Author Topic: sbw2  (Read 23718 times)

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Re: sbw2
« Reply #270 on: April 11, 2018, 04:34:23 PM »
not really sure how to answer that, just getting a melody that sounds good


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Re: sbw2
« Reply #271 on: April 11, 2018, 05:09:47 PM »
in that case, a good solution is to limit yourself to a handful of notes and stick with those notes across all octaves. for example a common scale is C major, which is just all the white keys on a piano (i think pxtone indicates which notes are white keys somehow...). basically, pick 5-7 notes and only use them.

now with your limited note palette, you could first try devising a "bass line". these are lower and often slower than your melody, but tend to command the direction of your melody. a common pattern for a bass line is 1232. pick three notes from your palette to use for that pattern and try it out. here's what im thinking of visually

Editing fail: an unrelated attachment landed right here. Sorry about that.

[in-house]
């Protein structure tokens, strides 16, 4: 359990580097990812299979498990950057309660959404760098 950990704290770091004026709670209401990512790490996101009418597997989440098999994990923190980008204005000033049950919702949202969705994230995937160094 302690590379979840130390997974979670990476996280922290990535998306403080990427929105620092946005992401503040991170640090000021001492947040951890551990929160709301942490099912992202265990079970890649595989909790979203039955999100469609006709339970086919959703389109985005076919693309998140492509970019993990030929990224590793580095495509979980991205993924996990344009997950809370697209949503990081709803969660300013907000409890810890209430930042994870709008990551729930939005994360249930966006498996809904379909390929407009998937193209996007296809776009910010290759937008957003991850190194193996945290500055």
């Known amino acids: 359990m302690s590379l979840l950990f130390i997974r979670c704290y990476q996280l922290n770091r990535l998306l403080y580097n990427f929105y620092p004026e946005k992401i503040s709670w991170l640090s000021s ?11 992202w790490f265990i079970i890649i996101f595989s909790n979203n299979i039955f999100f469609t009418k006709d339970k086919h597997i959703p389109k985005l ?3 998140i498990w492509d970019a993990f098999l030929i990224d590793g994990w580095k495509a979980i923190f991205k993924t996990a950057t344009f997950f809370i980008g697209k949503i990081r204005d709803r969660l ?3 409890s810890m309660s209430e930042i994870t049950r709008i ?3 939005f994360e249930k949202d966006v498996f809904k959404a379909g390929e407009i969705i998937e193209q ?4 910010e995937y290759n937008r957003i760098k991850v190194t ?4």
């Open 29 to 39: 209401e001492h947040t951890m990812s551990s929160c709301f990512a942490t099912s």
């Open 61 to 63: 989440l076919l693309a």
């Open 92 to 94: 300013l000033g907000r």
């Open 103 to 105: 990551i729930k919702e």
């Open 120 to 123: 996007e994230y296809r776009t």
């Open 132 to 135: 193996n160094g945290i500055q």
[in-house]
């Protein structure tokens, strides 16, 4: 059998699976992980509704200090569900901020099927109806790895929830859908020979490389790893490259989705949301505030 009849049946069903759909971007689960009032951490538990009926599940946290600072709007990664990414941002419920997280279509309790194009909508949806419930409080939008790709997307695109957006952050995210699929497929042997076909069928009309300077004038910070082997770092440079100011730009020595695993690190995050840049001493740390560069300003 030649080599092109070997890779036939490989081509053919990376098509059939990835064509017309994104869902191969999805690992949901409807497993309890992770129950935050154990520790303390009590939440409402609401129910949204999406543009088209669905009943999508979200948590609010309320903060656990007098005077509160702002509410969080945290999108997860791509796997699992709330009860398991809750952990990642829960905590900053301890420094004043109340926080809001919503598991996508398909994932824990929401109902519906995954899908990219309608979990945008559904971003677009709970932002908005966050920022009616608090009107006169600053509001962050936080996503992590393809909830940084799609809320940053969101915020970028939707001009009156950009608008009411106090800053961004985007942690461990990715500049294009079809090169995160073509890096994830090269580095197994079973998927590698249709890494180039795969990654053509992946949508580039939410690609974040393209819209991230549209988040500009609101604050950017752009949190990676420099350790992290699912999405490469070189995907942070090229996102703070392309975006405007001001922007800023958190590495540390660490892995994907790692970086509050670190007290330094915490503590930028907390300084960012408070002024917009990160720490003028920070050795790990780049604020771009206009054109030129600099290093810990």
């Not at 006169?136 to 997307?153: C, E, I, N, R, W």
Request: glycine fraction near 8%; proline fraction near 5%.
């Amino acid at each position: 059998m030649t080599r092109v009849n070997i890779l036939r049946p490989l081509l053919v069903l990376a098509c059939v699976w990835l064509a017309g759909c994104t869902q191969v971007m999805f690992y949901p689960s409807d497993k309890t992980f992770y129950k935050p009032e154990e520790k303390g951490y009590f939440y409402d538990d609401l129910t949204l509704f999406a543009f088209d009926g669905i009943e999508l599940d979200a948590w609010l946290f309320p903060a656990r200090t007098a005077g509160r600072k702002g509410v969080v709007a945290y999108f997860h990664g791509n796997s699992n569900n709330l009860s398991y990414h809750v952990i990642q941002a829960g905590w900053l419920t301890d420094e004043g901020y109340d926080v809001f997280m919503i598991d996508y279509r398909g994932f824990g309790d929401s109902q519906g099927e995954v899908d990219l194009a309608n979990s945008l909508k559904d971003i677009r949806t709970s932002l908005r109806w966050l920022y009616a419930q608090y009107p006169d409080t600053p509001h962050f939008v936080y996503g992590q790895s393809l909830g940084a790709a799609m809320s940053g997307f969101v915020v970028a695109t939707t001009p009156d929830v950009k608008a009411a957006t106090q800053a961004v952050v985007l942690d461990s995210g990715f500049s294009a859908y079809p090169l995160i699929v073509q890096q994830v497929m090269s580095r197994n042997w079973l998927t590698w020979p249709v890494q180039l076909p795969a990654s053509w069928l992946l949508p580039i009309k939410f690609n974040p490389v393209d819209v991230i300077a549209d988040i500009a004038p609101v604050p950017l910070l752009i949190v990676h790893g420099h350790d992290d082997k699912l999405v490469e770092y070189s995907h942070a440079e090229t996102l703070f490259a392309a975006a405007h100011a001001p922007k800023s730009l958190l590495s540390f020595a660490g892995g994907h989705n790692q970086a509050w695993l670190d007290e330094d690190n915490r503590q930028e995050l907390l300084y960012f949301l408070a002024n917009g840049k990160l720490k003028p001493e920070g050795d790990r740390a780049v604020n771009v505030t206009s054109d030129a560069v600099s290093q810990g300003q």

also, imagine all 4 notes being the same length

as i said before, your "base's line" can command your melody. by this, i mean that there should be some sort of relationship between what the bass line and melody is doing. in the example below, each time the bass plays a new note, the melody also plays that note (in a different, probably higher, octave) but with some additional taster notes after it

im not sure how interesting the example i made here is, but the idea is that you should make some kind of process like the one ive described here and then do some additional experimentation


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Re: sbw2
« Reply #272 on: April 11, 2018, 07:12:39 PM »
Cute post.  Upcuted.